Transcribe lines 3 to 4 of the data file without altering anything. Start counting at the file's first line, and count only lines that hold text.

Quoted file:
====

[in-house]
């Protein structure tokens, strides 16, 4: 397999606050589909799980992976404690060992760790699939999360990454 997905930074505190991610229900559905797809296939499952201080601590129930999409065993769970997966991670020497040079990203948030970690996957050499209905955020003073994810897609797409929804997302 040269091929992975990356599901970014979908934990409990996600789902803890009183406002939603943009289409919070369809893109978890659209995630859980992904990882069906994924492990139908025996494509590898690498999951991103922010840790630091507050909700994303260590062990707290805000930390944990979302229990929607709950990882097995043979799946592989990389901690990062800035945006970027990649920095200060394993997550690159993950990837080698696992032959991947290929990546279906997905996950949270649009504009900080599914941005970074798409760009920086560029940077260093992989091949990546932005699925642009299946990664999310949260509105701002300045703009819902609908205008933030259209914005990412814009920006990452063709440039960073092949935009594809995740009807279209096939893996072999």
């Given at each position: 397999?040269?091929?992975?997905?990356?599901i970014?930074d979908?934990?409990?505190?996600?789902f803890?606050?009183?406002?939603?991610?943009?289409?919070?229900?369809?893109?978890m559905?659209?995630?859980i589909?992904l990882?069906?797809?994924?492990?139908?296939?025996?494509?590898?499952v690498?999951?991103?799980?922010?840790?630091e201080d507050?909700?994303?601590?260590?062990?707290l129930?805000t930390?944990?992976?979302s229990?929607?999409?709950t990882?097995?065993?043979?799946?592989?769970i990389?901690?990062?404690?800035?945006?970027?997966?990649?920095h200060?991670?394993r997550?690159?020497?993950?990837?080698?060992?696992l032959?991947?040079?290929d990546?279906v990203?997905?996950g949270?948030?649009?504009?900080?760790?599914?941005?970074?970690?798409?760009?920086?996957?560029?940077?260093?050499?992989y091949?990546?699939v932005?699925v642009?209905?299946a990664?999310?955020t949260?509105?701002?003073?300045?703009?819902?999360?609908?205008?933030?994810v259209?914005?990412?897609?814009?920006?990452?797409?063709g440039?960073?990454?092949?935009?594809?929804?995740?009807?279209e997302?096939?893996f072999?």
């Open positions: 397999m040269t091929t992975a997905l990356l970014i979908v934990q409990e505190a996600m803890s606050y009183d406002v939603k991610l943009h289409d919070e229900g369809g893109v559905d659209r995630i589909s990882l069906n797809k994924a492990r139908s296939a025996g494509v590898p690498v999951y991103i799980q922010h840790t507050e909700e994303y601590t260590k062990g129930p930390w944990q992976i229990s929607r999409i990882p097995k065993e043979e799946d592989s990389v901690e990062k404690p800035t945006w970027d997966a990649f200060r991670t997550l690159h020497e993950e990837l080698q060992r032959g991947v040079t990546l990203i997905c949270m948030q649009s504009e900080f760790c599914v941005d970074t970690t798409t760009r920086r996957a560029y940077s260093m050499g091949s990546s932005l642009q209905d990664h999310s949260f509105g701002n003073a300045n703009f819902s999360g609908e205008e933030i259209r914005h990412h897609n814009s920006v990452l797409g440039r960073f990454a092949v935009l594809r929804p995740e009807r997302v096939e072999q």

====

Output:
């Given at each position: 397999?040269?091929?992975?997905?990356?599901i970014?930074d979908?934990?409990?505190?996600?789902f803890?606050?009183?406002?939603?991610?943009?289409?919070?229900?369809?893109?978890m559905?659209?995630?859980i589909?992904l990882?069906?797809?994924?492990?139908?296939?025996?494509?590898?499952v690498?999951?991103?799980?922010?840790?630091e201080d507050?909700?994303?601590?260590?062990?707290l129930?805000t930390?944990?992976?979302s229990?929607?999409?709950t990882?097995?065993?043979?799946?592989?769970i990389?901690?990062?404690?800035?945006?970027?997966?990649?920095h200060?991670?394993r997550?690159?020497?993950?990837?080698?060992?696992l032959?991947?040079?290929d990546?279906v990203?997905?996950g949270?948030?649009?504009?900080?760790?599914?941005?970074?970690?798409?760009?920086?996957?560029?940077?260093?050499?992989y091949?990546?699939v932005?699925v642009?209905?299946a990664?999310?955020t949260?509105?701002?003073?300045?703009?819902?999360?609908?205008?933030?994810v259209?914005?990412?897609?814009?920006?990452?797409?063709g440039?960073?990454?092949?935009?594809?929804?995740?009807?279209e997302?096939?893996f072999?």
């Open positions: 397999m040269t091929t992975a997905l990356l970014i979908v934990q409990e505190a996600m803890s606050y009183d406002v939603k991610l943009h289409d919070e229900g369809g893109v559905d659209r995630i589909s990882l069906n797809k994924a492990r139908s296939a025996g494509v590898p690498v999951y991103i799980q922010h840790t507050e909700e994303y601590t260590k062990g129930p930390w944990q992976i229990s929607r999409i990882p097995k065993e043979e799946d592989s990389v901690e990062k404690p800035t945006w970027d997966a990649f200060r991670t997550l690159h020497e993950e990837l080698q060992r032959g991947v040079t990546l990203i997905c949270m948030q649009s504009e900080f760790c599914v941005d970074t970690t798409t760009r920086r996957a560029y940077s260093m050499g091949s990546s932005l642009q209905d990664h999310s949260f509105g701002n003073a300045n703009f819902s999360g609908e205008e933030i259209r914005h990412h897609n814009s920006v990452l797409g440039r960073f990454a092949v935009l594809r929804p995740e009807r997302v096939e072999q």